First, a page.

After a couple of months of ardent struggle over the last few chapters of my first draft, I kind of hit a break through this weekend.

Went to a “Shut UP and Write” group through meetup.org where a bunch of writers get together to not talk and write for a straight hour in a coffee shop. This may sound like some sort of writer’s cliche, but honestly I really recommend trying this for anyone out there who has hit a wall. Maybe I respond well to peer pressure, but I wrote more in that hour than I have in months. And best of all, I wrote the (what seemed last week/month/year to be an impossible feat) climax.

So the first draft is, well, close to done. Really I have a few updates to do, and maybe a final chapter. But it’s… well, not so impossible anymore.

Clearly, I’ll be hitting up this writing group again next week. Afterwards we all sat around and talked writing and literature, and for once I didn’t feel like the most inept person in the room. In fact, I actually felt like I’d accomplished something. Like I actually knew what I was talking about!

Woah, that’s a new sensation.

So anyway, no matter what’s happened in my life since January, I can always remember this as the year I wrote my first book.

Now… for editing. Erk.


Day Sixty-Nine: Let’s Think Bigger

Embed from Getty Images

Over the weekend I was discussing the first four chapters of my novel with a friend. She told me that a character of mine was heavily cliche in that she just seemed like almost a stock character… Snotty, Tennis Club Bully.

I love when people say things like this because I can just shout, “You are absolutely right!” and fix it. It’s a first draft. You’d have to be stupid to not think a first draft isn’t a work in progress.

But this got me thinking… well, this is a very small-time character. She is written currently as a 1-D Bully, but I only have about two scenes (maybe 500 words) with this character so time is not on my side. So I started thinking about how to make her more than just that… I mean, look at Dudley. He’s not much more than a spoiled jock.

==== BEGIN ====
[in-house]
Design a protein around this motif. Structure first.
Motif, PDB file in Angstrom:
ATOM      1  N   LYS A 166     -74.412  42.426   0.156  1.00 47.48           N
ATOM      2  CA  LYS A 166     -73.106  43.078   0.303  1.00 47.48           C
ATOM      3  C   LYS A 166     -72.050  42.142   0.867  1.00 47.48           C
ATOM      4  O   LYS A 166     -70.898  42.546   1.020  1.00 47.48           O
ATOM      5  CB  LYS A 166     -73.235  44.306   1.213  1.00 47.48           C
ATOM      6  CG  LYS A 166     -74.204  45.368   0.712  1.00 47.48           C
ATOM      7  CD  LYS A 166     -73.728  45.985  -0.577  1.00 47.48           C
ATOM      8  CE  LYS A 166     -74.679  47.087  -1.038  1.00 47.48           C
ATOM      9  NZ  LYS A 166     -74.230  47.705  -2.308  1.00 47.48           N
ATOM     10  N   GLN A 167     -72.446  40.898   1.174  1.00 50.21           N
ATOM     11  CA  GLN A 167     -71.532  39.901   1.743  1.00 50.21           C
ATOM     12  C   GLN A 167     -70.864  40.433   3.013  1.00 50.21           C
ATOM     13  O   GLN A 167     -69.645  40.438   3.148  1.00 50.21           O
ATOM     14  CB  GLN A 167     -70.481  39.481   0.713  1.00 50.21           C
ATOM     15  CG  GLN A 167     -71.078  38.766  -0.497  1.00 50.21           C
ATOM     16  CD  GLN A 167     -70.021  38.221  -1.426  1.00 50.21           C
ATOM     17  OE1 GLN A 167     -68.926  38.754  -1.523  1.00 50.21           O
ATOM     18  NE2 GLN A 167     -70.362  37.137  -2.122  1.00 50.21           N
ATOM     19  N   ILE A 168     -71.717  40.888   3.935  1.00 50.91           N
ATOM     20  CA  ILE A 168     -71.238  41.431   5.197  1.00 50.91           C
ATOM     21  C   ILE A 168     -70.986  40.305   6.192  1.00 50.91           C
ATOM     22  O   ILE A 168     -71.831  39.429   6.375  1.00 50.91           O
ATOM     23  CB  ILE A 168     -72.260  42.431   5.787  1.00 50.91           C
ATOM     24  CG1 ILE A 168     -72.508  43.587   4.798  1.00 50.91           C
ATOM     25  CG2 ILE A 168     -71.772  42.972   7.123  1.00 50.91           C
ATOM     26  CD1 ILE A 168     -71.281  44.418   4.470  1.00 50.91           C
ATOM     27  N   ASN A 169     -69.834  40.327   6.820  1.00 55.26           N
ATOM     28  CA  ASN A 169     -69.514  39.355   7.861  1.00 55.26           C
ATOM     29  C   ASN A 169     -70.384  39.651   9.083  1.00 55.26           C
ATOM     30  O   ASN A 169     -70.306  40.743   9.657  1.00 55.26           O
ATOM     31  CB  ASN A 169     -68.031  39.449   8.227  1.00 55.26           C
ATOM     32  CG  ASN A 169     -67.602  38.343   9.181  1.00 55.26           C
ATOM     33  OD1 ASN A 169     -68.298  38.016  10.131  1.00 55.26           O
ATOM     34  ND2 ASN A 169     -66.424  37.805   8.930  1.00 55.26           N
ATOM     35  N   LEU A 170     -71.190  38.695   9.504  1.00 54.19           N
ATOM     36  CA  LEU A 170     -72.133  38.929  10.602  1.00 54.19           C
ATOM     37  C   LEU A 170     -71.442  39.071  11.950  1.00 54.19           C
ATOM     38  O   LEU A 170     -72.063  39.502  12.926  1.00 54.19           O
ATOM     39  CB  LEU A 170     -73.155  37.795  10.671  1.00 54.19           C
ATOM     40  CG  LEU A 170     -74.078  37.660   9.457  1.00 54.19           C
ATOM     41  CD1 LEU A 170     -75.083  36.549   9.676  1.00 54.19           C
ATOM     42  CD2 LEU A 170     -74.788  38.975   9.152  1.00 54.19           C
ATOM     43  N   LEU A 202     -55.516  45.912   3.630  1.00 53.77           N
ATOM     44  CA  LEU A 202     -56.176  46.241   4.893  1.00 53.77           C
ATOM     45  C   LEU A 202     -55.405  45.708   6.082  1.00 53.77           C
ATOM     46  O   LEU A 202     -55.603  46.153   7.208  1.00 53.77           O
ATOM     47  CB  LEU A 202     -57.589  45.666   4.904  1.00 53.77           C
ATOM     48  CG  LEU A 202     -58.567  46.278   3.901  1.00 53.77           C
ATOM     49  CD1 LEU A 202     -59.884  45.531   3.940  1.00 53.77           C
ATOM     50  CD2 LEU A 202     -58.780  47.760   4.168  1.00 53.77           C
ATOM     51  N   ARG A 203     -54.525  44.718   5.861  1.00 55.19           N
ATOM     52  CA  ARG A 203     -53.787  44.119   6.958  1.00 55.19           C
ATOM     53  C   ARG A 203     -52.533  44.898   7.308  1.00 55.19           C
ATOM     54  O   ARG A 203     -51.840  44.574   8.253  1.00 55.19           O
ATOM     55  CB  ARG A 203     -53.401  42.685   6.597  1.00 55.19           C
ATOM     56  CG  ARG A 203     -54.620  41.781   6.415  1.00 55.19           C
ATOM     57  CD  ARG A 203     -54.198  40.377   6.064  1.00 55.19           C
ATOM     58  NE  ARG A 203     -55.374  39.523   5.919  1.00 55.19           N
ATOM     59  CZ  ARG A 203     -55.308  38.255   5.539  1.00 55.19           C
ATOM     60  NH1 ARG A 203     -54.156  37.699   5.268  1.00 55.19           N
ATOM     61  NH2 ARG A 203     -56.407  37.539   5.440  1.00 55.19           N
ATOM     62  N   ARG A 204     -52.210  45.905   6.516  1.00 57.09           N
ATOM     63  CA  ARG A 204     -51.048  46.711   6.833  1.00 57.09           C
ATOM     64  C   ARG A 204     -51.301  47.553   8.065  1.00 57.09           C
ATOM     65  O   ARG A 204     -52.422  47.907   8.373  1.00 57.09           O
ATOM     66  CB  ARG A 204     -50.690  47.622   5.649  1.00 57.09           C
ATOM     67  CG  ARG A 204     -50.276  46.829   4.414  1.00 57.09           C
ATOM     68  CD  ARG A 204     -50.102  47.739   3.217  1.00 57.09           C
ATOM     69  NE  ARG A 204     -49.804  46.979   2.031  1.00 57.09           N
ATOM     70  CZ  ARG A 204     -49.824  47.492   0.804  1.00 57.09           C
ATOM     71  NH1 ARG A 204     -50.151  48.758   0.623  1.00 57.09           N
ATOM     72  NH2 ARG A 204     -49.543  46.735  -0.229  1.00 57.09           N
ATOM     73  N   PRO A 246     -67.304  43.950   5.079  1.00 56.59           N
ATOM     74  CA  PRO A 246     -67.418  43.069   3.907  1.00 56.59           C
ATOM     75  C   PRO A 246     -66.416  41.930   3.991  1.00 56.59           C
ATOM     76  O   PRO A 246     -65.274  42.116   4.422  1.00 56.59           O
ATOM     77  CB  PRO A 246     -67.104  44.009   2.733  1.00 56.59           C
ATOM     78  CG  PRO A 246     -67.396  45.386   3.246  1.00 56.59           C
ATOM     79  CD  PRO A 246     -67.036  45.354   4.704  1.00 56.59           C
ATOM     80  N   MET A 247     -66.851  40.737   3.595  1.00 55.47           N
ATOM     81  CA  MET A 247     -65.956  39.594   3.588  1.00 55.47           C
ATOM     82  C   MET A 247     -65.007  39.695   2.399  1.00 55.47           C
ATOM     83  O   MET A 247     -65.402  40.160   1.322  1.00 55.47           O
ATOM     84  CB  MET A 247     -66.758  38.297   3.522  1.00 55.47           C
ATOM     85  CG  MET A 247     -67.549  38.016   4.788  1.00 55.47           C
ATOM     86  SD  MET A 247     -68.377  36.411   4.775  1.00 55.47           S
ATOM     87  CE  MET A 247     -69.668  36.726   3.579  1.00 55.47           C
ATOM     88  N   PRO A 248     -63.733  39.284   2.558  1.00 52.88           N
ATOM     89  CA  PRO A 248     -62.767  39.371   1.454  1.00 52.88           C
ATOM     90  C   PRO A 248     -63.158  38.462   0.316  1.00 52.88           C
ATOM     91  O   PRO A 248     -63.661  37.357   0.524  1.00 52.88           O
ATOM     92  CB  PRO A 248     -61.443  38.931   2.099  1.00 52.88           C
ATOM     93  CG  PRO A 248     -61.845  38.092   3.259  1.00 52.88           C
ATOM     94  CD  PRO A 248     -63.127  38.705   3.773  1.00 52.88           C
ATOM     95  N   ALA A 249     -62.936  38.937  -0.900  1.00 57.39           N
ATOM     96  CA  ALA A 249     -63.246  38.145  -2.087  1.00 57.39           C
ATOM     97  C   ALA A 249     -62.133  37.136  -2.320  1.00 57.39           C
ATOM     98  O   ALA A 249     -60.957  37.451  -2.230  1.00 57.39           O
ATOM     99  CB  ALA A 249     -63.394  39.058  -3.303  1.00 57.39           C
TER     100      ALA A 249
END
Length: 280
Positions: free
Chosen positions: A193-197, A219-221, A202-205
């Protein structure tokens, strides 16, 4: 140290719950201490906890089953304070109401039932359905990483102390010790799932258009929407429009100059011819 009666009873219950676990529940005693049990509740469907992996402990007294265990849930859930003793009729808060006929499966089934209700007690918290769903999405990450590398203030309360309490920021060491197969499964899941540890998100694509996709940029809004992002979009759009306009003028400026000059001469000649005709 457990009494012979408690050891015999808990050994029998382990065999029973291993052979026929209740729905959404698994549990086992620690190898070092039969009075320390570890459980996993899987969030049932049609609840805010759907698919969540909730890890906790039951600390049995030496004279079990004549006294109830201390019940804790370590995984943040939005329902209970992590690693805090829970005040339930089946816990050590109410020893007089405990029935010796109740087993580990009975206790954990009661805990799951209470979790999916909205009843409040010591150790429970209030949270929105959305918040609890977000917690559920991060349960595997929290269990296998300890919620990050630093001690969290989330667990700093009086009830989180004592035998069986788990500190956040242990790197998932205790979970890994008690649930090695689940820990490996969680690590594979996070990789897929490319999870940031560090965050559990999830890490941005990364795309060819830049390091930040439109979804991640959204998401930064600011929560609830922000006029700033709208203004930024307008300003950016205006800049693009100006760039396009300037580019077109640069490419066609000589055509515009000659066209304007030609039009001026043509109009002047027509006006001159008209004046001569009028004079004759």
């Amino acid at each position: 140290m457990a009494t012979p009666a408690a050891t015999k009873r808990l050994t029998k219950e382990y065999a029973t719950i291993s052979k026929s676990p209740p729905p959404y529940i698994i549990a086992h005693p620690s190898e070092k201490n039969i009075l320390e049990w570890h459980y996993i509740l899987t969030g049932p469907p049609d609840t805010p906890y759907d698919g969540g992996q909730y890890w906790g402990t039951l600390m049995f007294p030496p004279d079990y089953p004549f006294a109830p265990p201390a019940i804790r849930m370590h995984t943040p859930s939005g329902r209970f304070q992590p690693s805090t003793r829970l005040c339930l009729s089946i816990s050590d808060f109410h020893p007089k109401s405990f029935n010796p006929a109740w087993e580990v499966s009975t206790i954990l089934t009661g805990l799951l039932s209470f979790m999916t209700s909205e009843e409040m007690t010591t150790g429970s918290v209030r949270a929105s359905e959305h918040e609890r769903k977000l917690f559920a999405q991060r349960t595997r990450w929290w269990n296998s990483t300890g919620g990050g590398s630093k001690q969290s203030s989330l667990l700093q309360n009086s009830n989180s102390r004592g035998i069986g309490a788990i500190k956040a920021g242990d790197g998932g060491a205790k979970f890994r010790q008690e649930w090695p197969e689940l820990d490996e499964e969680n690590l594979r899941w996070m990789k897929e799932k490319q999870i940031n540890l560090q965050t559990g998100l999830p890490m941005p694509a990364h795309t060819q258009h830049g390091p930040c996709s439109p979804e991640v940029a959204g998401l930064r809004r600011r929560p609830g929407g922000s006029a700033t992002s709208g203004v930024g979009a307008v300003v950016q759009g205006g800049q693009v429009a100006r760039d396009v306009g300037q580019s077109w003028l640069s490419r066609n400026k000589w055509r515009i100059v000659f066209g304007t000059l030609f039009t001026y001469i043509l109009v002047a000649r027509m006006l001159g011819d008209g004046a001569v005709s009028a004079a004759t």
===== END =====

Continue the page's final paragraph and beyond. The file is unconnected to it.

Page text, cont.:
So I’ve decided that I’m going to up the ante. Don’t write about a silly, insecure girl that picks on a future protagonist. (Been there, seen it a million times. Wow that makes our protagonist a better person… Surprise.) Write the meanest, cruelest little girl that has ever picked on a strange child. Why not? Kids can be sadistically cruel. It won’t even be unbelievable. If anything, malicious creativity can make a character seem more real (Hannibal Lector?).

Let’s think bigger.

You need two characters to have a talk about how incredible the world is. Don’t just put them on a mountaintop. Put them on the most spectacular, breathtaking mountain of all time. Why not? Trust me, there are way more insane sights in real life than there are in our minds.

Don’t let your character say something uninteresting. Don’t let them make the predictable choice. Look at every decision they make and ask yourself, would everyone do that? Because if they would, what makes your character extraordinary then? I once had a professor, when describing his favorite book (Rabbit Redux), say, “What I loved so much about Rabbit was that every time I thought he was going to do one thing, he did the complete opposite.”

We are not in the business of writing reality. We are in the business of writing Fiction. Let’s make Fiction spectacular. Let’s make the world as big and bold as we can. Up the ante. Put everything on the line. I mean, everything. Writing a book is like placing a bet and if you’re not going all-in then you’re not putting enough into it.

Let’s think bigger.